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PRI - IRS fro small chassis triumphs?


haggis
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http://www.triumphexp.com/phorum/read.php?8,1225394,page=3

 

Wade through that if you wish, but your instincts are correct!

You are getting rid of the spring, replacing it with a solid arm and bushes, and then adding a separate coil spring. Kerching, pockets empty, no change to suspension.

 

Best changes are the simple factory ones (unless a complete redesign)

For a spitfire/gt6, swingspring plus bigger front ARB

Herald/vitesse courier rear spring plus 1" lowering block (and ditch the front ARB, just like the factory did) OR swingspring if you can get one that isn't too low.

More complex, rotoflex conversion, best with CV joints these days.

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I am not qualified to pronounce on the engineering, but Frankly the fact that the spiel reads like something that has been mangled by Google translator would make me suspicious, as does the obvious thought that if this is such a simple fix for the well-documented problems of small cassis Triumph IRS, how come no-one else has thought of it before?

 

Regards

 

Steve C

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I am not qualified to pronounce on the engineering, but Frankly the fact that the spiel reads like something that has been mangled by Google translator would make me suspicious, as does the obvious thought that if this is such a simple fix for the well-documented problems of small cassis Triumph IRS, how come no-one else has thought of it before?

 

Regards

 

Steve C

Ah, but is it a fix? All they've done as has been said is to substitute the transverse spring for a coil spring. The drive shaft still has only one universal joint and the wheel still subject to camber change. The advantage of the transverse spring is that it applies loading centrally  on the upright whereas the coil spring will give an uneven loading. So to my mind this is a retrograde step for a lot of money.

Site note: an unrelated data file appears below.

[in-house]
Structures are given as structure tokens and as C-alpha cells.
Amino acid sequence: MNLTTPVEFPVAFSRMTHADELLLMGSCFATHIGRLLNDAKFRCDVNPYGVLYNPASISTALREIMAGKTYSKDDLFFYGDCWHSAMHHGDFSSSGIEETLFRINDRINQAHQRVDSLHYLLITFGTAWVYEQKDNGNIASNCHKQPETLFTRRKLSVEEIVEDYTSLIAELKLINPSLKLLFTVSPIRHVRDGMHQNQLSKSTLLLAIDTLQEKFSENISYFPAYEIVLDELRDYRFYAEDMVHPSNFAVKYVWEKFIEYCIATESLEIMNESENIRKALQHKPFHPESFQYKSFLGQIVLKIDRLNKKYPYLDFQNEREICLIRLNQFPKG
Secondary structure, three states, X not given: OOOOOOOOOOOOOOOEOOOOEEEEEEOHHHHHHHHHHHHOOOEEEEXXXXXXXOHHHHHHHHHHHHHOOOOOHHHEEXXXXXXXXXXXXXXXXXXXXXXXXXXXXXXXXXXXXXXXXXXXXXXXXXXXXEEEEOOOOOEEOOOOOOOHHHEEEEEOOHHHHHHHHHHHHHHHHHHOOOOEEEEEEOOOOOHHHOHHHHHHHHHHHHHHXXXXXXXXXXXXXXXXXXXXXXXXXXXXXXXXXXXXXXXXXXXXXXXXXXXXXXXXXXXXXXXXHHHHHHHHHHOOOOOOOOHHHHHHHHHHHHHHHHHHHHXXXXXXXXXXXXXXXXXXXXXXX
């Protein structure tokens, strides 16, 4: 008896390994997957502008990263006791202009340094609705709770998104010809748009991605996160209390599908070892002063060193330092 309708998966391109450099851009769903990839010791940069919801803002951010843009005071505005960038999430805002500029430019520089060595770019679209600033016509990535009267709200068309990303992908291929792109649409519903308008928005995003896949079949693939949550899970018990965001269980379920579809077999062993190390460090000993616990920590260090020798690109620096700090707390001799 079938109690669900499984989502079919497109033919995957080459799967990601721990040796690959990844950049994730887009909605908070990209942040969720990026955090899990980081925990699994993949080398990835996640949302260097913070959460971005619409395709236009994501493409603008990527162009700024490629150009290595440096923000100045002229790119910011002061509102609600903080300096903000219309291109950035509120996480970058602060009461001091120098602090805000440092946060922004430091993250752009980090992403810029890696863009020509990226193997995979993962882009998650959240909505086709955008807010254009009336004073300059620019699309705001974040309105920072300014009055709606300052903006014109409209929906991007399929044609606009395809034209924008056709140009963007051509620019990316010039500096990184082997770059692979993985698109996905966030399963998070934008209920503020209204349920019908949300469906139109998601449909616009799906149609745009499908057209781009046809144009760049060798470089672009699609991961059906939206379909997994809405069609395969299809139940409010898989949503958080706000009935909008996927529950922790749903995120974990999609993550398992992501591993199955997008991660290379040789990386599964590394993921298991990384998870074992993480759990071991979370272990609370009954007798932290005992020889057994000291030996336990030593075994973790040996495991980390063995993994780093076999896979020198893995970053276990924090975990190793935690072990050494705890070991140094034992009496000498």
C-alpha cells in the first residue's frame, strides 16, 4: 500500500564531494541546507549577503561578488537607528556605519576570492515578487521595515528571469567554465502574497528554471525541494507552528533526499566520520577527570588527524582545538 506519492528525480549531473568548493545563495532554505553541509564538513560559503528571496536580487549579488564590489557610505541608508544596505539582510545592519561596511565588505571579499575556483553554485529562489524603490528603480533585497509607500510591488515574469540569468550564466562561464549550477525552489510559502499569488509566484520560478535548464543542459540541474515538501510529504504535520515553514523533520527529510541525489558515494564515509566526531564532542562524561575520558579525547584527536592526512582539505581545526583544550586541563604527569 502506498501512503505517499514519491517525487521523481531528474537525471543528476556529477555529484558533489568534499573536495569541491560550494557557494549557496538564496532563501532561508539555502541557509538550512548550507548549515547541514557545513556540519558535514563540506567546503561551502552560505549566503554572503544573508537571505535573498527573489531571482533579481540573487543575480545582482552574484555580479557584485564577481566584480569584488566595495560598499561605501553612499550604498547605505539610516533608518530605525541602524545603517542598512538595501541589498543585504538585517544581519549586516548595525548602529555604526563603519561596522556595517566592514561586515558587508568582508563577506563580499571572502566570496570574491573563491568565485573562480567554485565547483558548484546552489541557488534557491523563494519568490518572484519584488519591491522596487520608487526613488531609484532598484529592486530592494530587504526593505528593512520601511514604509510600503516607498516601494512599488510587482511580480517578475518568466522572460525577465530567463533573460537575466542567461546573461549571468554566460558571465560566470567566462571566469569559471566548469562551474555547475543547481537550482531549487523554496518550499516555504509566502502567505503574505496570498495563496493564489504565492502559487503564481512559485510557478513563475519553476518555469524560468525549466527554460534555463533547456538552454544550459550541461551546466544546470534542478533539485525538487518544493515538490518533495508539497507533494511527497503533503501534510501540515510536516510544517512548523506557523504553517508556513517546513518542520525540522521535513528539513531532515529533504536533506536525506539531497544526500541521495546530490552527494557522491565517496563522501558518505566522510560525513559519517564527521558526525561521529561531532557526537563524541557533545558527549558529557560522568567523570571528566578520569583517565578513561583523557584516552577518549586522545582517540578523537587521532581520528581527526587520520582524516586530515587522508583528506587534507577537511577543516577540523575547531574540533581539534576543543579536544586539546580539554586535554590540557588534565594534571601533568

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Hence the "if" in my post above, and I am as sceptical as you are, particularly about feeding all the suspension loads into an offset coil-over, located on what was intended to be a shock absorber mount! Given the big racing scene in the US, and people like Kas Kasner's (proven) expertise with these cars, if there was an easy fix for the "widowmaker" rear end, someone would have found it long ago and proved it on the racetrack.

 

As a long-time fan of American cars and the hot-rodding scene over there, I know that there are some excellent engineers scratch-building some amazing cars, but equally, there are also some backwoods bodgers doing horrible things like sticking Chevy smallblocks into E-types. This was the nation that thought drum brakes were a good idea on muscle cars with 427 big block (or larger) motors.

 

Regards

 

Steve

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The other aspect of the conversion that would concern me would be the inevitable twist of the upright under braking and acceleration. The spring is absolutely solid in the lateral direction and would prevent any deflection but the top link of the PRI system is pivoted. This cannot be as rigid as the transverse spring so in my view an upper tie rod in addition to the lower one would be essential.

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